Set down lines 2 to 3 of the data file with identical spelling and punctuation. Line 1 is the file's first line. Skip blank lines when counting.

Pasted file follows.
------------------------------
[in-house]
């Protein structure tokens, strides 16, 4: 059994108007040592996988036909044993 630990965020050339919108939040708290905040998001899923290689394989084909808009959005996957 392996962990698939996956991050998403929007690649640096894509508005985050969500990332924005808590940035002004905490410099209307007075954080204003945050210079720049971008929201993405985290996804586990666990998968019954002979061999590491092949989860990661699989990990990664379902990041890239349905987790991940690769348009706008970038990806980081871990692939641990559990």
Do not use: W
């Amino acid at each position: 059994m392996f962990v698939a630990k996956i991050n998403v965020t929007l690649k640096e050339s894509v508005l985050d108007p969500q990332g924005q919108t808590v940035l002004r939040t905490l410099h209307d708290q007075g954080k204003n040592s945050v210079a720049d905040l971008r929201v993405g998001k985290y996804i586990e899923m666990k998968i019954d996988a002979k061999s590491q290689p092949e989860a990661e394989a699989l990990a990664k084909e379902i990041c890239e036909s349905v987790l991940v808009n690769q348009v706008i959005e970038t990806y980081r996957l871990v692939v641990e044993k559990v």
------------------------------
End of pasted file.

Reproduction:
């Protein structure tokens, strides 16, 4: 059994108007040592996988036909044993 630990965020050339919108939040708290905040998001899923290689394989084909808009959005996957 392996962990698939996956991050998403929007690649640096894509508005985050969500990332924005808590940035002004905490410099209307007075954080204003945050210079720049971008929201993405985290996804586990666990998968019954002979061999590491092949989860990661699989990990990664379902990041890239349905987790991940690769348009706008970038990806980081871990692939641990559990």
Do not use: W